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Artificial Intelligence

How to Convince the Higher-Ups at Your Firm to Invest in AI

Nicole Sterling of RSW Accounting + Consulting provided five steps to demystifying AI usage at the AAM Emerge Conference.

By now we all know that artificial intelligence is a pretty powerful tool, and it can solve a lot of problems in the workplace. But some accounting firm partners and stakeholders may still not be convinced that they should invest in the technology and allow AI to be used by staff on certain projects.

Nicole Sterling

“When communicating the benefits of using AI to them, you need to do so in a compelling way and be able to get them to buy in to what you’re actually selling them,” Nicole Sterling, director of marketing and communications at Montreal-based full-service accounting firm RSW Accounting + Consulting, said during the 2023 Association for Accounting Marketing (AAM) Emerge Virtual Conference on Oct. 4.

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So, how can you make your firm’s partners and stakeholders fully understand why using AI is pivotal in the current business environment? Sterling provided five steps to demystifying AI usage.

1. Define the value

First, show the firm’s partners and stakeholders the value of using AI within your role and explain how it will benefit your role and the firm, Sterling said. Summarize what problems AI solves and what benefits the technology will bring to your partners. She said the value should be something specific, very measurable, and aligns with your firm’s strategic goals, needs, and expectations.

“For example, you could say that using ChatGPT-4 can reduce the manual effort of creating content for your firm’s website by 80%, saving our firm time, energy, and effort. We won’t be using our key accounting staff and partners for the creation of the information,” Sterling said. “If you’re like me and chasing your partners to get content is often a nightmare, this alone might change their mind on using AI in your firm.”

2. Choose your metrics and key performance indicators

These are the things you’re going to measure to show the value of AI to your stakeholders. Sterling provided the following advice:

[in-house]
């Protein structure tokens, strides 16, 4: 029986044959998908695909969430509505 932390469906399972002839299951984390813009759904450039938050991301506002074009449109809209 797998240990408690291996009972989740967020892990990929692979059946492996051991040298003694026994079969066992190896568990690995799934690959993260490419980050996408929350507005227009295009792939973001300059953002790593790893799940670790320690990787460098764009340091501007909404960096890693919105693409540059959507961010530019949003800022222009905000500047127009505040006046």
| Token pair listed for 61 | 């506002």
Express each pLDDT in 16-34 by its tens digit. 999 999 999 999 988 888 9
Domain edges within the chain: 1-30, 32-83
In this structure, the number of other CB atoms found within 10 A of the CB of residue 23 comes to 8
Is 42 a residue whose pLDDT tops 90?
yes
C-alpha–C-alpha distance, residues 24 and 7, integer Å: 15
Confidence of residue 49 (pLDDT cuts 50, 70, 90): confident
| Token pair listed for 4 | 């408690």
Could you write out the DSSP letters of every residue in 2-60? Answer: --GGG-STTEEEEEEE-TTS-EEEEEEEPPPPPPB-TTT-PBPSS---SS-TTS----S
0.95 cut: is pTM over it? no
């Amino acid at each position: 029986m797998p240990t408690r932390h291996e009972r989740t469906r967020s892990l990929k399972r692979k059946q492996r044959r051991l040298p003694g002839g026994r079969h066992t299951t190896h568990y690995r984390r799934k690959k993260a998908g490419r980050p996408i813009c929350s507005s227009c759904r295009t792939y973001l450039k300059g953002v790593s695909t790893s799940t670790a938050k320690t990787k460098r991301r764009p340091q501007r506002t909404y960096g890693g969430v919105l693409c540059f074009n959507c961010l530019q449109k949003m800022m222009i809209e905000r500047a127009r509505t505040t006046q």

• Determine what these metrics and key performance indicators are. Make sure they’re quantitative measurements, like saving time, money, and that they meet strategic goals along the way. “How are you meeting your stakeholders’ expectations? Is it client leads? Is it revenue? Is it the expansion of the talent pipeline? Choose your metrics and your KPIs so you can measure them wisely,” she said.
  • Make sure the metrics and KPIs are realistic, make sure they align with what your firm wants to do strategically, and use them to track and report your outcomes.
  • Be sure to select relevant KPIs that are crucial to demonstrating the performance and the impact of the AI you want to use. “Always ensure the metrics and KPIs are relevant, achievable, and reliable. Carefully chosen measurements will better help stakeholders understand, except, and approve you using AI in your firm,” Sterling said.

3. Establish a clear roadmap with defined milestones

Defining and creating a roadmap will allow you to know from where you’re starting and end where you want to finish, she said.

“You’ll have milestones along the way to show your partners and your stakeholders how you’re progressing and what’s happening, but also with this roadmap, you can see if it’s veering off to one side or the other or that it’s not reaching where you need to go,” Sterling said. “It allows you the ability to monitor your efforts and change them if you need to so you meet your end goals. By creating this roadmap, you can show your stakeholders that the AI project is aligned with all of the priorities of the firm, how you plan to achieve your goals, what results you expect to deliver, and when. This will be valuable to them allowing you to go ahead with using AI in whichever specific case you’re going to be using it for.”

4. Use examples during talks with stakeholders

Sterling said some partners at her firm were leery of using AI at first, mentioning the movie The Terminator and how robots were coming for everyone and their jobs. She said you need to ease their concerns.

“One of the most effective ways to show the value of AI is to use examples. Describe what the problem is that you’re having, what the solution will be, and what the outcome will be by using AI,” she said.

And, Sterling said, you need to explain the value of AI to partners and stakeholders in a simple and engaging way.

“Often, using prime examples will help them understand what you’re looking to do,” she continued. “For example, detail how AI can improve effectiveness and efficiencies of creating website content. Now, I’m not saying go ahead and use ChatGPT-4 to create a full website article, but what I am saying is you can use it to create the outline, title, and subtitles of the article and really use it to get 80% down the field, and then turn it into an article of your firm’s very own.”

5. Create drafts and prototypes

“I did this to get my partners to really understand what I needed because my partners weren’t into AI, they’re not tech people, and they’re not people who would be investigating AI at that point in time,” Sterling said. “So, I created drafts and prototypes of various cases that I wanted to use it for. I presented that at our monthly partners meeting, and this way I could show the value of the AI and allow them to actually see something tangible: what it’s going to look like, what I expect it to do, and how it’s going to look. These examples and drafts really helped them better understand the information I was trying to get them to approve.”